Shack attack on slum dwellings
THE THREE shiniest shacks on the western-most hill of Enkanini, an informal settlement about a 30-minute drive from Cape Town, don’t look like much from a distance to the untrained, middle-class eye.But the small homes may well represent the best African innovation yet created to improve the lives of the millions of shack-dwellers across the continent while they wait for governments to build low-cost housing they can inhabit.
The brainchild of Sustainability Institute masters student Andreas Keller and Prof Mark Swilling of Stellenbosch University and the local municipality, the iShack, or Improved Shack, is a dwelling that enables its inhabitants to access basic services normally beyond their reach in an affordable and sustainable way.
The cost of the iShack is higher than that for a standard shack, but the benefits – it has solar power, temperature control, water harvesting and a cell phone charging facility, among other things – far outweigh what a traditional structure can offer.
According to Berry Wessels, a Sustainability Institute master’s student involved in the iShack programme, the government is committed to incremental upgrading of informal settlements. This means communities have to wait at least eight years before basic services and low-cost housing arrives.
“The iShack is a result of our research into how the lives of informal settlement dwellers can be improved in a cost-effective way while they wait,” says Wessels. “The original iShack cost 5,500 rand (less than €500) to build without solar and labour, but the design can be retrofitted to existing structures for less.
“The solar system – which can power three lights, an outside motion sensor spotlight and a cellphone charger – has a price tag of 2,500 rand (€227). We got together with people who live in these communities and brainstormed about what they needed to make their lives more comfortable, and then set about designing solutions.”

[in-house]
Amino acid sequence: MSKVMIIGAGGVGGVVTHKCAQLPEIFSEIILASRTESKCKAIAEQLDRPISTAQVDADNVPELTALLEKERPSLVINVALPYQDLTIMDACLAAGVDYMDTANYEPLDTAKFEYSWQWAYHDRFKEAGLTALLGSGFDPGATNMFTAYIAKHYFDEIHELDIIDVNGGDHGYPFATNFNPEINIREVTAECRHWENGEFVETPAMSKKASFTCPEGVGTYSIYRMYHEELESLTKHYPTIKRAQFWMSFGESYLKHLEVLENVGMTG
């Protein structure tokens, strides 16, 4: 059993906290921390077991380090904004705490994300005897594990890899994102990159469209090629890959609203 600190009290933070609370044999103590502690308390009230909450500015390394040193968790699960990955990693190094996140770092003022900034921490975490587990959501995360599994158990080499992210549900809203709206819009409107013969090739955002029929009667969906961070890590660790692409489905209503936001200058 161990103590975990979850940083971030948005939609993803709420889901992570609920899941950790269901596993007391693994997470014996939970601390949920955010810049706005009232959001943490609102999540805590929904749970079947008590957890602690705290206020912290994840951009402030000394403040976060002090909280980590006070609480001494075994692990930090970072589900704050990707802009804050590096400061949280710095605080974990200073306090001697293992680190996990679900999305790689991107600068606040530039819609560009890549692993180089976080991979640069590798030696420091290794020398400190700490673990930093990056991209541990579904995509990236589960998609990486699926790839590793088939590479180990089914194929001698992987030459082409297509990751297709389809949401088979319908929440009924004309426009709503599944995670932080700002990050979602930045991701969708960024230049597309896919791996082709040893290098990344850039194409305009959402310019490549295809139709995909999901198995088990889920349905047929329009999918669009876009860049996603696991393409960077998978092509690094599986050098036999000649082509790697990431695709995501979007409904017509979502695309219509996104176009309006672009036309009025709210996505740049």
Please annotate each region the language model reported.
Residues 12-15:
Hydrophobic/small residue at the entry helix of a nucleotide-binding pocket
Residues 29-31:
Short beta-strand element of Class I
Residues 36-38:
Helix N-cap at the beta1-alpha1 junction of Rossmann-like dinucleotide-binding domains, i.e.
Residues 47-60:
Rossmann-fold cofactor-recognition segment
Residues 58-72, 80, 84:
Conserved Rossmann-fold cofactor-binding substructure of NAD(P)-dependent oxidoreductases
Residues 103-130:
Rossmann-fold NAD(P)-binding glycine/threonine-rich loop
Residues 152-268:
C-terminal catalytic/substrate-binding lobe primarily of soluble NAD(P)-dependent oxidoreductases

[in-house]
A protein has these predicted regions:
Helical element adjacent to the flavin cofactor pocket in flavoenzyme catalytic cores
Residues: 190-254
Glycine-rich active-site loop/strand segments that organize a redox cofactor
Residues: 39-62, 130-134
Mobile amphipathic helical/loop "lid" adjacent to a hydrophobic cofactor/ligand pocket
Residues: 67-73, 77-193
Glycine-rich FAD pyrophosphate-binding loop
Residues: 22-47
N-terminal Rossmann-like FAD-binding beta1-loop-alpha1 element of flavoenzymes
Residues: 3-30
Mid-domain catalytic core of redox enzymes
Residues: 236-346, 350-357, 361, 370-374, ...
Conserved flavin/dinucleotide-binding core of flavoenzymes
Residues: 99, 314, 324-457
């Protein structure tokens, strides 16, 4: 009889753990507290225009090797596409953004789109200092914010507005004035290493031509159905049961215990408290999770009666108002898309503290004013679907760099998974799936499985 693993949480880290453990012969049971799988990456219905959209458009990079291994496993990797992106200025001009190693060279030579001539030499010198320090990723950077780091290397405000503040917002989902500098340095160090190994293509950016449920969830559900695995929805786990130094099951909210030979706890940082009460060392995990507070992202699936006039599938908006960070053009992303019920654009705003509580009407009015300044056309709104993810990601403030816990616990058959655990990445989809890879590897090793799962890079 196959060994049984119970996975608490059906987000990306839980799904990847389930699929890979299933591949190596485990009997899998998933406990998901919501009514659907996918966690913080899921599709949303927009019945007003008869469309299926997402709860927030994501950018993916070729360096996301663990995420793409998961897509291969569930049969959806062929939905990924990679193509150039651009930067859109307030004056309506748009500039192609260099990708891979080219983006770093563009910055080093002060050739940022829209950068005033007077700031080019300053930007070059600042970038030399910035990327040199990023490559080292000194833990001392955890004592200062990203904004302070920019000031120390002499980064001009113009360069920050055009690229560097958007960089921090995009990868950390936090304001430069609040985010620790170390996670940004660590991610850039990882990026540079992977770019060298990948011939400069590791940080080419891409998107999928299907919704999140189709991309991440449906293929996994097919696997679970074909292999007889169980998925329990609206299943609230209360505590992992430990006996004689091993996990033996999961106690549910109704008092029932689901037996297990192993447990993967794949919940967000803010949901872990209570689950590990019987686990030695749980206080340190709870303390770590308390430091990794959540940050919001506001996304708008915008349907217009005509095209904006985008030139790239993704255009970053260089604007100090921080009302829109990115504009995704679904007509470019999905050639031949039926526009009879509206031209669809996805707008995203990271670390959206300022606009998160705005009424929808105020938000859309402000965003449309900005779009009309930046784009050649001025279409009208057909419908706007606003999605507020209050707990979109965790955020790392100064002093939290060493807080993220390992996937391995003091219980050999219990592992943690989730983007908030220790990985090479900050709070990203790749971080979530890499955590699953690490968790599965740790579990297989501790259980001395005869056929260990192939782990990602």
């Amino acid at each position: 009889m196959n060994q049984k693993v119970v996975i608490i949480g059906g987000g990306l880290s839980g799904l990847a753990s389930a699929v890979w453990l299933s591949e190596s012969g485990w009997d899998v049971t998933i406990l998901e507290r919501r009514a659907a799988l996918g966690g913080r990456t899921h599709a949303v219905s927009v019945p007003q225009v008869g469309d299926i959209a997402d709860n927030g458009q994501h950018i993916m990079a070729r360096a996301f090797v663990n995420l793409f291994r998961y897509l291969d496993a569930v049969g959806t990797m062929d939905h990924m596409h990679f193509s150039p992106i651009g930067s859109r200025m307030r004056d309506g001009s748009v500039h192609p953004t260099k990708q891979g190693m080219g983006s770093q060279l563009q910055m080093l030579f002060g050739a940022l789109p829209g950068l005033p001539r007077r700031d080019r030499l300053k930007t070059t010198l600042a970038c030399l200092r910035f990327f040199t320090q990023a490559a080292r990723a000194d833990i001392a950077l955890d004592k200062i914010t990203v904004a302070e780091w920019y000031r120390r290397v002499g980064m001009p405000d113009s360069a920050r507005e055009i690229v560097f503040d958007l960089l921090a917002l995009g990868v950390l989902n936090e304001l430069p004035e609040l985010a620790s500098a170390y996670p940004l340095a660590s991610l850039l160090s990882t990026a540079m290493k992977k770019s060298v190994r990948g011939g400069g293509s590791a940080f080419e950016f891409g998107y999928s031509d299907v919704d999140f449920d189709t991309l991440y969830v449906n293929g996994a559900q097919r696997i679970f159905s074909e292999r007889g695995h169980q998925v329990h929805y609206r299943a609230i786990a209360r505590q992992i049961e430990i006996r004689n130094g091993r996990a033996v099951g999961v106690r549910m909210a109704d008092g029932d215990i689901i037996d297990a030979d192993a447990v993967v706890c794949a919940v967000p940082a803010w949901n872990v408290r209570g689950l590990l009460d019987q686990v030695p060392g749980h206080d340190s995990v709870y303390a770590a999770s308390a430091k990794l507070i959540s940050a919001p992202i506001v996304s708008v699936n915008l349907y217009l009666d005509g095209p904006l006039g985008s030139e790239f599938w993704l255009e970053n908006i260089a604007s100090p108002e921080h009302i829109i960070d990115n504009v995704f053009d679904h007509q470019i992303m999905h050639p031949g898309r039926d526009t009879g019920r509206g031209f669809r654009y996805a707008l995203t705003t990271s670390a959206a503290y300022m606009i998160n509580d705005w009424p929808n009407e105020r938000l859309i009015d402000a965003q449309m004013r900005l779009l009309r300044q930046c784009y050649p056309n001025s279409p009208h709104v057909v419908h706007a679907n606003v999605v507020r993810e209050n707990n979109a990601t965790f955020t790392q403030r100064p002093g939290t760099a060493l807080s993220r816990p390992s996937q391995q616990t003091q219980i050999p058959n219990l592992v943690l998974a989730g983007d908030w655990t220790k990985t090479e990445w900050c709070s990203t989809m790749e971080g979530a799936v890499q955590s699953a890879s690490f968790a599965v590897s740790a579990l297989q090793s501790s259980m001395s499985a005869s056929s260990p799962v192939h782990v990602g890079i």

Wessels adds that temperature control inside the iShack was a big issue, as traditional shack structures are incredibly hot in the summer, and very cold in the winter.
“To regulate this we orientated the shack in a NNE direction with enlarged windows so you can change the conditions within the house by opening windows and curtains. The back wall is made from straw and clay. When the sun comes through the window the wall absorbs it, and then at night it radiates the heat, making it warmer inside,” he says.
The interior of the iShack is also insulated using old tetra packs and coated with a fire-retardant paint. Fires are one of the most dangerous aspects of living in an informal settlement due to the use of paraffin for cooking and light, and the flimsy nature of the traditional shack structures.
Enkanini’s community leaders chose Nosango Plaatjie and her husband Ntoya, and their three children as the recipients of the first prototype iShack.
Plaatjie says that while she wants to live in a real house, the iShack has improved her family’s quality of life significantly since they moved in six months ago.
“My old shack was made from wood and it was also very cold and flooded often. My children were constantly sick, but life is very different now. We have lights and it is no longer cold at night. The children are feeling better, which makes me happy,” she said.